Vol. 59 No. 1 (2020)
Short Notes

The Detection of viruses in olive cultivars in Greece, using a rapid and effective RNA extraction method, for certification of virus-tested propagation material

Matthaios M. MATHIOUDAKIS
Institute of Olive Tree, Subtropical Crops and Viticulture, Plant Pathology Laboratory, Karamanlis Ave. 167, Gr-73134, Chania
Maria SAPONARI
Consiglio Nazionale delle Ricerche-Istituto per la Protezione Sostenibile delle Piante (CNR-IPSP), Sede Secondaria di Bari, 70126, Bari, Italy
Beata HASIÓW-JAROSZEWSKA
Institute of Plant Protection-National Research Institute, Department of Virology and Bacteriology, ul. Wł. Węgorka 20, 60-318, Poznań, Poland
Toufic ELBEAINO
Istituto Agronomico Mediterraneo di Bari, Via Ceglie 9, Valenzano, 70010, Bari, Italy
Georgios KOUBOURIS
Institute of Olive Tree, Subtropical Crops and Viticulture, Laboratory for Olive Cultivation, Karamanlis Ave. 167, Gr-73134, Chania
Published March 14, 2020
Keywords
  • Olive viruses,
  • RT-PCR,
  • olive RNA extraction protocol,
  • virus-tested propagation material
How to Cite
[1]
M. M. MATHIOUDAKIS, M. SAPONARI, B. HASIÓW-JAROSZEWSKA, T. ELBEAINO, and G. KOUBOURIS, “The Detection of viruses in olive cultivars in Greece, using a rapid and effective RNA extraction method, for certification of virus-tested propagation material”, Phytopathol. Mediterr., vol. 59, no. 1, pp. 203-211, Mar. 2020.

Abstract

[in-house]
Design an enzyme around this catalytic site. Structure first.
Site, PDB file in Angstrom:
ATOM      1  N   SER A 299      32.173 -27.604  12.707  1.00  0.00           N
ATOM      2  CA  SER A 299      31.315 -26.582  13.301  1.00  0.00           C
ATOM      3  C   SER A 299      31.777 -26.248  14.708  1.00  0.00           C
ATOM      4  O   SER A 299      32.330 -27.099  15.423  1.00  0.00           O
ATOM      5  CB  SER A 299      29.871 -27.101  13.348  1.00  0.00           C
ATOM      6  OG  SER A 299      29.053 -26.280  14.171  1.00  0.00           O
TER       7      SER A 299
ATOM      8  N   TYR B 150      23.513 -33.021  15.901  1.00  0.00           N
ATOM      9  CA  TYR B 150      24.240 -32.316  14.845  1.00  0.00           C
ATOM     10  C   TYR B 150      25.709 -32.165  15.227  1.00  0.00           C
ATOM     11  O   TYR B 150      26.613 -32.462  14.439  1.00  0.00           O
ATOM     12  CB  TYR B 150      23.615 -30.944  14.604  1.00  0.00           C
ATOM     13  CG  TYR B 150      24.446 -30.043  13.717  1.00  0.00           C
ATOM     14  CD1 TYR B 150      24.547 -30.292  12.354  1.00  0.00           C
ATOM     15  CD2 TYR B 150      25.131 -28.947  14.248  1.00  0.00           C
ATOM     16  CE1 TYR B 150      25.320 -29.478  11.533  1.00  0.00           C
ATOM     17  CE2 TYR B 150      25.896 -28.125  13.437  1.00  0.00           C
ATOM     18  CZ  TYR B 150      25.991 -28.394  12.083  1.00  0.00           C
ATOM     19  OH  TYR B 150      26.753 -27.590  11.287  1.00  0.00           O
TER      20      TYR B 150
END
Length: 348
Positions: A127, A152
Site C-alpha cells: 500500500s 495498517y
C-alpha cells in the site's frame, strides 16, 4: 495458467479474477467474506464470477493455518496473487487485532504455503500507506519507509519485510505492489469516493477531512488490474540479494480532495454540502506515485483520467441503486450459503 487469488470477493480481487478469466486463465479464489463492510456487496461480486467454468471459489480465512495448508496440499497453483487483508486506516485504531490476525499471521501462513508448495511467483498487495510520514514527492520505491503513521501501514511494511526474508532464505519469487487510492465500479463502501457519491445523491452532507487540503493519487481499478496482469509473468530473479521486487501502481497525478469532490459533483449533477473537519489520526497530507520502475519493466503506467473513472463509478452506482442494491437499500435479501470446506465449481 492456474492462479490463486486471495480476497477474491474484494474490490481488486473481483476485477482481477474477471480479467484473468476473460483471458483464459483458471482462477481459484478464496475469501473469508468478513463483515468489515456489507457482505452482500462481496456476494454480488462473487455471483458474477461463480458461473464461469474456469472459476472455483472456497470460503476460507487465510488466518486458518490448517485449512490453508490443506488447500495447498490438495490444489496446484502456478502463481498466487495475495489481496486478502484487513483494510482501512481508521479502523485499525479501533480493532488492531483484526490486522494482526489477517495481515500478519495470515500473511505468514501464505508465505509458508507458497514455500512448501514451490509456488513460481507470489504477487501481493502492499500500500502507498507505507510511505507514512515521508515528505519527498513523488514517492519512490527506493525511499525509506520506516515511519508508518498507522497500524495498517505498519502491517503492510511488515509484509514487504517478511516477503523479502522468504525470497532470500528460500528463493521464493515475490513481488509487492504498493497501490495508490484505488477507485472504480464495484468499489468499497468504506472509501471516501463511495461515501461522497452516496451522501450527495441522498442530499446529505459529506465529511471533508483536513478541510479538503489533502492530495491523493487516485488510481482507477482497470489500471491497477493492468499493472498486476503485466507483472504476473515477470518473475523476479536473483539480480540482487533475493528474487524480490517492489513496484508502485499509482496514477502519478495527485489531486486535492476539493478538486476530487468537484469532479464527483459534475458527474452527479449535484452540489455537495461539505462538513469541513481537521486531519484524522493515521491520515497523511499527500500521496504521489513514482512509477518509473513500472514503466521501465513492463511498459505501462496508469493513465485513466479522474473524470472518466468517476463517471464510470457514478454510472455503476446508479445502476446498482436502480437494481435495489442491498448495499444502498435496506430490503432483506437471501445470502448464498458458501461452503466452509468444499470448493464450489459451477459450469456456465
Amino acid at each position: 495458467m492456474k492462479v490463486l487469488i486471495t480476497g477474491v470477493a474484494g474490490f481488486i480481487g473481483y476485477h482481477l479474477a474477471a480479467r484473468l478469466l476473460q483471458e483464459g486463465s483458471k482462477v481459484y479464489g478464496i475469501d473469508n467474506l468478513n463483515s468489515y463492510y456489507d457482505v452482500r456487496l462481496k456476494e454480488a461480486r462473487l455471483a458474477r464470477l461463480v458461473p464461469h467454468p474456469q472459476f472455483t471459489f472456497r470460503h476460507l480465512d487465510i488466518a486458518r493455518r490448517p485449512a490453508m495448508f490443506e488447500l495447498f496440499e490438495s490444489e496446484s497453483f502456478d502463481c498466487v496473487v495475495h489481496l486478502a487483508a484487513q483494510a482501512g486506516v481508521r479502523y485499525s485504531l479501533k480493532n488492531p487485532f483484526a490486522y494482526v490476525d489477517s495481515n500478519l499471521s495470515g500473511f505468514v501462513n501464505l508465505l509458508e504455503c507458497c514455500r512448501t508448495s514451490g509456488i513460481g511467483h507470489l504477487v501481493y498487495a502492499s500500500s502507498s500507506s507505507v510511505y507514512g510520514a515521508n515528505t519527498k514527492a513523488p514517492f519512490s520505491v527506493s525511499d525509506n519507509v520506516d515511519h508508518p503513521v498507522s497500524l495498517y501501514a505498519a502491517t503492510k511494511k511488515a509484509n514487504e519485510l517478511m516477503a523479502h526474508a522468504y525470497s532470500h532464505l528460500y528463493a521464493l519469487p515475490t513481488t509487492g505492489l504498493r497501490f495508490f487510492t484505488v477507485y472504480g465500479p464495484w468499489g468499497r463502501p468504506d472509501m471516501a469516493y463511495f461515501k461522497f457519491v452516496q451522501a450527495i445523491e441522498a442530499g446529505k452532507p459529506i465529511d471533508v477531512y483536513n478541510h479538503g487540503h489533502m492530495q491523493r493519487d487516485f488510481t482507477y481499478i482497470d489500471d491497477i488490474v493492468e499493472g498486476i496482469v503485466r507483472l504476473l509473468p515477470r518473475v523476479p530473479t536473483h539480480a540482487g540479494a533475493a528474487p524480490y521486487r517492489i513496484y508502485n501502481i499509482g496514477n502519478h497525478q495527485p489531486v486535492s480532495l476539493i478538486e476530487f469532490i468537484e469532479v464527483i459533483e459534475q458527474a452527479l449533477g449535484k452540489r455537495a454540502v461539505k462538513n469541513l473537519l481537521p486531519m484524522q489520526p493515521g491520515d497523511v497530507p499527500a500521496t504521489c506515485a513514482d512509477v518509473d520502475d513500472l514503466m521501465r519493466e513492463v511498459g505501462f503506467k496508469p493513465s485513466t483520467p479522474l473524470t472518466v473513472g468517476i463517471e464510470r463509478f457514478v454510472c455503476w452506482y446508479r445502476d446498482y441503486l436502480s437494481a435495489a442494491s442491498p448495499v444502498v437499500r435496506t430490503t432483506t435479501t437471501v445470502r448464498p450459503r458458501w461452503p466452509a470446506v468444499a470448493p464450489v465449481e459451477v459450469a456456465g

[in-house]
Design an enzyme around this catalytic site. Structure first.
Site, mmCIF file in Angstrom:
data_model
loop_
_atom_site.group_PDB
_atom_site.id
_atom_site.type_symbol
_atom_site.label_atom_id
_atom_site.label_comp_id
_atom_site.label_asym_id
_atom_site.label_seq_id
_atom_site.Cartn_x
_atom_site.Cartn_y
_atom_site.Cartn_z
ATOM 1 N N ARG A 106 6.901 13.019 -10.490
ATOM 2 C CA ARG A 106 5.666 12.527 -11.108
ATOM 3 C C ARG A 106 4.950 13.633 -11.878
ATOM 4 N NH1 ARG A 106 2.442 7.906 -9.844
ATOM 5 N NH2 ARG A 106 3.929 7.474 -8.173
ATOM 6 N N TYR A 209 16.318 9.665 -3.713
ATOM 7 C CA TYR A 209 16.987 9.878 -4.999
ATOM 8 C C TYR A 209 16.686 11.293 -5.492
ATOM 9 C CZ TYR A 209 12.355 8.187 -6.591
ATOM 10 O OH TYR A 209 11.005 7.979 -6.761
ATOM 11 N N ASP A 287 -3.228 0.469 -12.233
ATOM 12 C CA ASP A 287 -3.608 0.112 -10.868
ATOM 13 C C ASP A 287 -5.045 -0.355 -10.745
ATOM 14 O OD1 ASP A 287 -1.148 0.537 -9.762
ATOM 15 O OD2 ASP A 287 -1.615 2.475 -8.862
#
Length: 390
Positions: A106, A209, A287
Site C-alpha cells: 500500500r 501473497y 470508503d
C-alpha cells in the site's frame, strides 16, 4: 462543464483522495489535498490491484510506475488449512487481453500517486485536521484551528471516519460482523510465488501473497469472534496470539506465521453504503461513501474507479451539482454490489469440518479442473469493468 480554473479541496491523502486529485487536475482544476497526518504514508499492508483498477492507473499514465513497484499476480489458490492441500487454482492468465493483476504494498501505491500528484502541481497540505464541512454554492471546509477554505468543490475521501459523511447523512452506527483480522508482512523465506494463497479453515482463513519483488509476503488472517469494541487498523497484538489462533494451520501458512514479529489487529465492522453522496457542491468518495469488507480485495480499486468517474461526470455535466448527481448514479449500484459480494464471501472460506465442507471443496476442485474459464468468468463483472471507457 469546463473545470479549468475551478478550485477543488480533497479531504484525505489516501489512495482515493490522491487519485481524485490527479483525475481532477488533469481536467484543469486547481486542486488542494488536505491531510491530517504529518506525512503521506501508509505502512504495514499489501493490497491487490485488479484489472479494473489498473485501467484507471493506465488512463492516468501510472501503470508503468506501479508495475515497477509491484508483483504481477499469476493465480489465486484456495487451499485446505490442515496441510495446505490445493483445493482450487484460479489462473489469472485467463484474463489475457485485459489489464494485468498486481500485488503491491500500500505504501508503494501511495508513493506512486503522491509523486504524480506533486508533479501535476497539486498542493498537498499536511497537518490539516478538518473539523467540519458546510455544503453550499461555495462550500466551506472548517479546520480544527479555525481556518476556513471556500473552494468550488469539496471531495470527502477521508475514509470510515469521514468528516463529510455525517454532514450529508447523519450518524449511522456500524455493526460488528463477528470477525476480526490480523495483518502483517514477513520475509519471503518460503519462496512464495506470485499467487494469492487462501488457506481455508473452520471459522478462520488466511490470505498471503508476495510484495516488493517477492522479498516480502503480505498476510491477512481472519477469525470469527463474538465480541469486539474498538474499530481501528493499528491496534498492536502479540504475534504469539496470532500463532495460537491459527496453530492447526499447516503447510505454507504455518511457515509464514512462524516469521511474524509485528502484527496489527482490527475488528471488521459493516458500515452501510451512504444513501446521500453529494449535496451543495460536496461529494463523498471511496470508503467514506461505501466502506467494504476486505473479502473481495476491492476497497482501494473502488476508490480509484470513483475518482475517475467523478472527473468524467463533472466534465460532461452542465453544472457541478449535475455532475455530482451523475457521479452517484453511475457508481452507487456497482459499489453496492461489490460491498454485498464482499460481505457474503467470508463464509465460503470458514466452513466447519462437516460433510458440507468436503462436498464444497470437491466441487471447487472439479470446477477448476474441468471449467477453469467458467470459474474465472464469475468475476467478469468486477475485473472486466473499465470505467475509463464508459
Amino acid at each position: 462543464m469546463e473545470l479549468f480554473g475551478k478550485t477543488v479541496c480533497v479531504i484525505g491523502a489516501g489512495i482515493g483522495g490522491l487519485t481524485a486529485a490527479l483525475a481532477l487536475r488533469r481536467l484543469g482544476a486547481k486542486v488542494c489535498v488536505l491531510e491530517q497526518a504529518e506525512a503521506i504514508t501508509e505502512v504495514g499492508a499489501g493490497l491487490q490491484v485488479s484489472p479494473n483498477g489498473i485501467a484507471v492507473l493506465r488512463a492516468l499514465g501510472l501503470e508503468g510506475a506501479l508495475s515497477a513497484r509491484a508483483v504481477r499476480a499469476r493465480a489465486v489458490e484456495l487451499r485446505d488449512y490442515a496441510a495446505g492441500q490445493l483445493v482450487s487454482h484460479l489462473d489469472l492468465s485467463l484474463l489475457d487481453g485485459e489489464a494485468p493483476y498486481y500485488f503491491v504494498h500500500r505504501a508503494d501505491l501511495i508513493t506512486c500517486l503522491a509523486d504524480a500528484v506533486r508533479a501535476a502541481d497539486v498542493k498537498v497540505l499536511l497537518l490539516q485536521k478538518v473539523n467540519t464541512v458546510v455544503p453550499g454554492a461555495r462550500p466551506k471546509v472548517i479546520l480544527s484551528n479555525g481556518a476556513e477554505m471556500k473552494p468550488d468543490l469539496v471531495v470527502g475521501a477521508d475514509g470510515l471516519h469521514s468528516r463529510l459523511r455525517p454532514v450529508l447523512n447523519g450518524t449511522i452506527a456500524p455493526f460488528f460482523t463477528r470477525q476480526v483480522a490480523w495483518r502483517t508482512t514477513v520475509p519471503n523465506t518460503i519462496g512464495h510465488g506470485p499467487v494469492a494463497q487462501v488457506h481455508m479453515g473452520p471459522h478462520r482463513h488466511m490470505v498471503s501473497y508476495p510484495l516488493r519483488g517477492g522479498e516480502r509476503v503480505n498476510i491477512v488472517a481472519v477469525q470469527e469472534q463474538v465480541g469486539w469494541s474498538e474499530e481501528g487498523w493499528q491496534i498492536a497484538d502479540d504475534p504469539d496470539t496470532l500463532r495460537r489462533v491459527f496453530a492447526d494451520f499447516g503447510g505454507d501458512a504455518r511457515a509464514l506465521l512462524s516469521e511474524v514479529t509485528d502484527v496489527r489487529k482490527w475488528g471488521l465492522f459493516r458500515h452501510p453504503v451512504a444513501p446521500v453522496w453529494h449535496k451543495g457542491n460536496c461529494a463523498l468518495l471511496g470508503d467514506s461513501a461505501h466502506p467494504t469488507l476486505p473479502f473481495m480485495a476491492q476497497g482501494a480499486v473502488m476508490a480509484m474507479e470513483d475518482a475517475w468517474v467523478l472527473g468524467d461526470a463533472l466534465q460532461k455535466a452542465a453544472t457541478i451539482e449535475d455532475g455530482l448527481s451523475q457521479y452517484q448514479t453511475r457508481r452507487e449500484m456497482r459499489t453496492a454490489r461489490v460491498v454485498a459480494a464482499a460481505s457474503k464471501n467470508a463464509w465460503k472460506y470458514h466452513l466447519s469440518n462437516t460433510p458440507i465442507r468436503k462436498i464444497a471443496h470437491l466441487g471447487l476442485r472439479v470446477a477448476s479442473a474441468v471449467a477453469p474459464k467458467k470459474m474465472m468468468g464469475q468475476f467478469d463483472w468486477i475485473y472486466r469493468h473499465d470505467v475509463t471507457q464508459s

Although Greece is the world’s third largest olive production country, information about the presence of olive viruses is limited. A survey for the presence of virus infections in the ten most important Greek cultivars was conducted in a germplasm collection olive grove located in Chania, Crete. Samples were RT-PCR assayed for the presence of Arabis mosaic virus (ArMV), Cherry leafroll virus (CLRV), Strawberry latent ring spot virus (SLRSV), and Olive leaf yellowing-associated virus (OLYaV), amplifying part of the capsid protein (ArMV), the 3΄UTR (CLSRV, SLRSV) or the HSP70h (OLYaV) gene. Total RNAs were purified using the Trizol method, yielding good quality and purity, thereby confirming application of the method as a rapid economic extraction protocol for detection of olive viruses. SLRSV was the most predominant virus, with an infection rate of 55%, followed by CLRV and OLYaV in 5% of the tested samples. ArMV was detected only in one sample. Mixed virus infections were also commonly detected. The DNA amplicons of the obtained viruses from the infected samples were sequenced. The partial sequences of ArMV, CLRV and SLRSV from olives, which are reported for the first time, showed 74-100% nucleotide similarity with available homologous sequences from other crops, whereas OLYaV isolates showed high sequence variability of 25%. The phylogenetic analysis based on olive-OLYaV HSP70h partial-nucleotide sequences grouped the olive isolate sequences according to the geographical origins of the host germplasm collection. This is the first official report of the occurrence of olive viruses in Greece, emphasizing the need to implement a certification programme for production and distribution of high-quality (virus-free) olive propagation material, in Greece and more generally in the Mediterranean basin.

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